Russia has likened the Monsanto and Syngenta products to terrorism, even introducing a bill that will punish anyone that uses biotech seeds. Will Putin’s plan backfire?

Sometime before wrestling bears and after hunting tigers, Russian President Vladimir Putin found a few minutes to denounce the use of genetically modified crops (again).

While Russia was widely believed to allow the use of biotech crops shortly after joining the World Trade Organization, the country believes it has found a way to remain GMO-free without violating its obligations as a member nation.

A new bill introduced to the Russian parliament would treat producers of biotech crops from companies such as Monsanto ,The Dow Chemical Company , and Syngenta as criminals — with fines comparable to terrorism. As co-author of the bill Kirill Cherkasov told RT:

“When a terrorist act is committed, only several people are usually hurt. But GMOs may hurt dozens and hundreds. The consequences are much worse. And punishment should be proportionate to the crime.”

If the proposed bill becomes law, punishment could range from 15 years to life.

That seems a bit harsh to me and, when coupled with numerous anti-science quotes and ideologies from the bill and its supporters, I just don’t see how a policy could be sustainable scientifically or economically (what Russia really cares about) speaking.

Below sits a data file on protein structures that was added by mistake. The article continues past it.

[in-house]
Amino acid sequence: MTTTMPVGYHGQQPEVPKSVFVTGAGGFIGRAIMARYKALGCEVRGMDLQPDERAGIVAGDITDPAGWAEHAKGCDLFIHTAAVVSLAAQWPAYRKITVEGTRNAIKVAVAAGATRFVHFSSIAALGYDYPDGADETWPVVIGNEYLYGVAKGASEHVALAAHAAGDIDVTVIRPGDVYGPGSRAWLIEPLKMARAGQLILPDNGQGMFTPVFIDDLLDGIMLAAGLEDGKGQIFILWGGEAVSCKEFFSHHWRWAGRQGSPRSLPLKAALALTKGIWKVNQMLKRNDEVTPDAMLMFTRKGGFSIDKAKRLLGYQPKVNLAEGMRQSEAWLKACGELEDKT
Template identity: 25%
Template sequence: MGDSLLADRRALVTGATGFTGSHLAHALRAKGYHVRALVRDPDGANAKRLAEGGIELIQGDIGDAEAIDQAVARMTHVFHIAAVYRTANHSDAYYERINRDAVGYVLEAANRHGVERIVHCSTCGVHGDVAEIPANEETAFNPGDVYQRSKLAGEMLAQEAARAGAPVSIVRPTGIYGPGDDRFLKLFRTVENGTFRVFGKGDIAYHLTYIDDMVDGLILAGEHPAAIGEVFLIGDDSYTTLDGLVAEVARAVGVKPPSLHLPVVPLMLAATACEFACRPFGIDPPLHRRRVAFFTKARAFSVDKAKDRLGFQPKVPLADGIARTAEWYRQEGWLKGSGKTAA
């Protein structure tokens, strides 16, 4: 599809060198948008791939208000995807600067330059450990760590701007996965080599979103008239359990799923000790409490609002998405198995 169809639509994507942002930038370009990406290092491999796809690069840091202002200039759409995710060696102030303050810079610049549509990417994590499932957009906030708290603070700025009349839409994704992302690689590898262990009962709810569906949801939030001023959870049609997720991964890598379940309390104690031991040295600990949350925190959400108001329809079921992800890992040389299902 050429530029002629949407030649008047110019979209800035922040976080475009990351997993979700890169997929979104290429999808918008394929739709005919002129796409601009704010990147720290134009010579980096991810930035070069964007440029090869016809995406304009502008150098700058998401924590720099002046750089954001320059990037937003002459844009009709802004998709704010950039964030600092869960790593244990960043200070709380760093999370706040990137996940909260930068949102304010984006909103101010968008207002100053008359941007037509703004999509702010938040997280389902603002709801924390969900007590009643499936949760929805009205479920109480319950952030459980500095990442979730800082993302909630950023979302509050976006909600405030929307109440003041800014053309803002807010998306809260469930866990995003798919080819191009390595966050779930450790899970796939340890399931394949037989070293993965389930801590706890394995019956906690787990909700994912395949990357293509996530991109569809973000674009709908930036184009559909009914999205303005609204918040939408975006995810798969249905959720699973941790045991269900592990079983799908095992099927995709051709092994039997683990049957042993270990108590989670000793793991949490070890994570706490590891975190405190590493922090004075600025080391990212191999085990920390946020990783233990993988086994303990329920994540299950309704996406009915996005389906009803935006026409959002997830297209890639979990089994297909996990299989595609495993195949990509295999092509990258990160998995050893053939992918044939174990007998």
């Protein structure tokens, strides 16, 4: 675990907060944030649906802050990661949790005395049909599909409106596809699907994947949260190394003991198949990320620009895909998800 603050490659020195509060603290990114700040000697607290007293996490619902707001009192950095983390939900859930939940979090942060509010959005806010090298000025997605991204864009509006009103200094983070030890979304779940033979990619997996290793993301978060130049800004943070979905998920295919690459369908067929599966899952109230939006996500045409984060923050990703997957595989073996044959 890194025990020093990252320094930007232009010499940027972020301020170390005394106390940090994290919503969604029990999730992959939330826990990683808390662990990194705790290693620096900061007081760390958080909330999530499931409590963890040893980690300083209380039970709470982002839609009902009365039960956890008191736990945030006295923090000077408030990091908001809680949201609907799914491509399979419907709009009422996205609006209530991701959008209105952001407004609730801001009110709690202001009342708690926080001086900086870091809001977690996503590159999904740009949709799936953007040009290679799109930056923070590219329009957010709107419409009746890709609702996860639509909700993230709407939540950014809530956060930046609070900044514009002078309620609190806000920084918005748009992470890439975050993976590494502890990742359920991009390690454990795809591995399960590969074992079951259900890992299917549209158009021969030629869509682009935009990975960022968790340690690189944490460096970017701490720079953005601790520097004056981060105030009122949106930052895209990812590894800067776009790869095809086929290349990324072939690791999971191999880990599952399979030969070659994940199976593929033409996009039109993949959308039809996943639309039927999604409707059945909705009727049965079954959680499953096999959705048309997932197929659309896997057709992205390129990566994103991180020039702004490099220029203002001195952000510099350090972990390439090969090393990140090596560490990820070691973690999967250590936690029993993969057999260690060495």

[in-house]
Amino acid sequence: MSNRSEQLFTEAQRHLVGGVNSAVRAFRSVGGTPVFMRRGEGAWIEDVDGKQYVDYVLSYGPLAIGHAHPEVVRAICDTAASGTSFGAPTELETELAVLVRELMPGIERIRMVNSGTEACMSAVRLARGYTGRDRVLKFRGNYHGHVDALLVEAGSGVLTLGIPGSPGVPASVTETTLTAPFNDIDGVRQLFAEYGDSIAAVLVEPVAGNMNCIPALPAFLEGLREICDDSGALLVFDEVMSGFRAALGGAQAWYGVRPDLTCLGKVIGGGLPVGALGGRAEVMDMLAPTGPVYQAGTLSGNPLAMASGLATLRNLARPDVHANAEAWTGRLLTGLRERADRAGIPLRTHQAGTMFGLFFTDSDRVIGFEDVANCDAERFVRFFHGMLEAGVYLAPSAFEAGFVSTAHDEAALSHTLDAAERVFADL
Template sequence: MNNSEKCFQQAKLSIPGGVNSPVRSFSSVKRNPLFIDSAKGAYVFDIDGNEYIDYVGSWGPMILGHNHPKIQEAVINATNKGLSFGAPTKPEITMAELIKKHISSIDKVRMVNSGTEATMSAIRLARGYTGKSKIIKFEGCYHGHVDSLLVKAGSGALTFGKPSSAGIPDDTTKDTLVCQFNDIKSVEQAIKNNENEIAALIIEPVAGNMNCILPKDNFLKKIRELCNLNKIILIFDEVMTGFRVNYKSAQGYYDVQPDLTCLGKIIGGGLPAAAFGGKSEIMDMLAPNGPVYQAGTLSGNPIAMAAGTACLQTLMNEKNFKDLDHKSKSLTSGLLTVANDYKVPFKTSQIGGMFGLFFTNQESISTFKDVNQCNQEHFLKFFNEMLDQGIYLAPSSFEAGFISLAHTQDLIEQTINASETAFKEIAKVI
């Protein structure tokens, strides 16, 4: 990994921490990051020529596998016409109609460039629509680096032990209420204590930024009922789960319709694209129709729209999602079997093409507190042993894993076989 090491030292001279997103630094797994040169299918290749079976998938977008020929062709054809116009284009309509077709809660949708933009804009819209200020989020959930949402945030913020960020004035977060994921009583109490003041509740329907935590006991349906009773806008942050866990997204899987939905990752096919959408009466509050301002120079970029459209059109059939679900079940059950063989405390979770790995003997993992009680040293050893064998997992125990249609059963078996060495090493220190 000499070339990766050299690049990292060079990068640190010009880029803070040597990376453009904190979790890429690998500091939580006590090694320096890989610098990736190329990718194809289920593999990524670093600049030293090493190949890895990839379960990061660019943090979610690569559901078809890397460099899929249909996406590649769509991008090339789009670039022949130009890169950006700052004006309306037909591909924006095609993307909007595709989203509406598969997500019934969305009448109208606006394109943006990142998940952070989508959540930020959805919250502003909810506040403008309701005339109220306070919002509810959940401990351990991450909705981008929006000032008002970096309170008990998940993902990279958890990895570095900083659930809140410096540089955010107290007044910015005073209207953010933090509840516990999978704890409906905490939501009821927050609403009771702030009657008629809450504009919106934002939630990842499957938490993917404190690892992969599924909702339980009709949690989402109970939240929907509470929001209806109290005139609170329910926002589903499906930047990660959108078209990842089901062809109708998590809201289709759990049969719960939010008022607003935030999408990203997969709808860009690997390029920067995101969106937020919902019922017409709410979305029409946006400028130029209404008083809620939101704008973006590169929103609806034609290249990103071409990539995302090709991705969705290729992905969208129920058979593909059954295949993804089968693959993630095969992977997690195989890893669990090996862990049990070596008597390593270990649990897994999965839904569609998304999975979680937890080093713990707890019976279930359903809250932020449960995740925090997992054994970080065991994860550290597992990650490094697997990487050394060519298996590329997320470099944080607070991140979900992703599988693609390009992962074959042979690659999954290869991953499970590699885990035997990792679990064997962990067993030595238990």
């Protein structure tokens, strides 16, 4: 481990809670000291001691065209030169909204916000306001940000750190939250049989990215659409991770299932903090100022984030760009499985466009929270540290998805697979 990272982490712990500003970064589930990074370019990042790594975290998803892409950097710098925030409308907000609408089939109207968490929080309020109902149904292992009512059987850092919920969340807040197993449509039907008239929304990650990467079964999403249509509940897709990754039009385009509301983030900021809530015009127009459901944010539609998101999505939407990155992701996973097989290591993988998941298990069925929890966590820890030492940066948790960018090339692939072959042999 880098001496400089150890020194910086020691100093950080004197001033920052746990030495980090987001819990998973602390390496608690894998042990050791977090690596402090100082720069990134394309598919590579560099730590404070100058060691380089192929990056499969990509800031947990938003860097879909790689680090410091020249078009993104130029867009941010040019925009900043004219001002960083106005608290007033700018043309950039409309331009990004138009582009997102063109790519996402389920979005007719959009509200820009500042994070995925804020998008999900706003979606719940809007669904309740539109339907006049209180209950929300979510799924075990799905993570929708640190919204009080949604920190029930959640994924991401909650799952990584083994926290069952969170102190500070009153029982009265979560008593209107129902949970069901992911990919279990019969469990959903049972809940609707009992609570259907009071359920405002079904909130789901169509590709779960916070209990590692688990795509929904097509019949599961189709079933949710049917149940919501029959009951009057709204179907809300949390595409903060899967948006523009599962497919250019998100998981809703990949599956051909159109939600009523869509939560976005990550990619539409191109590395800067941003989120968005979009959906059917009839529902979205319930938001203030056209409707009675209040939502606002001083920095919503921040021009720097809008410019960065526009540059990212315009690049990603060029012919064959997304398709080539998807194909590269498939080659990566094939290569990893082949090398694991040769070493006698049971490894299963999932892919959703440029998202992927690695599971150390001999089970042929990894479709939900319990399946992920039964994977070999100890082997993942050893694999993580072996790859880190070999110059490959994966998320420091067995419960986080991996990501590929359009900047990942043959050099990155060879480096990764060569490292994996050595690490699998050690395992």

Additionally, most crops grown in Russia today (wheat, barley, sunflower, oats, potatoes) don’t have GM varieties.

That’s good news for Monsanto and Syngenta shareholders, but Russia claims that it can grow enough organic food to never need biotech crops. Are those bold claims actually true?

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Can Russia farm without engineered crops?
Russia is free to ban biotech crops, but it should do so with more accurately worded proposals. I’d start by scrapping the proposed bill or amending it to a point where it is generally unrecognizable from its initial submission. Then, Russia should insert language that speaks to its concerns that GMOs are not sufficiently tested and its belief that organic farming practices can sustain the country on their own.

After doing that, Russia must come to grips with reality.

Despite being nearly twice as large as the United States, Russia has substantially less arable land, irrigated land, and land dedicated to permanent crops. Consider the following land area comparison between Russia and the United States:


Additionally, Russia simply doesn’t support its farmers as well as its European counterparts. While traditional farming is subsidized to the tune of $410-$545 per hectare in the European Union, organic farming captures federal support of nearly $1,230 per hectare. The Russian Ministry of Agriculture offers domestic farmers just $200 per hectare for producing organic foods. Subsidies may be relative to the economics of each country, but Russia isn’t doing much to compete with European organic farmers.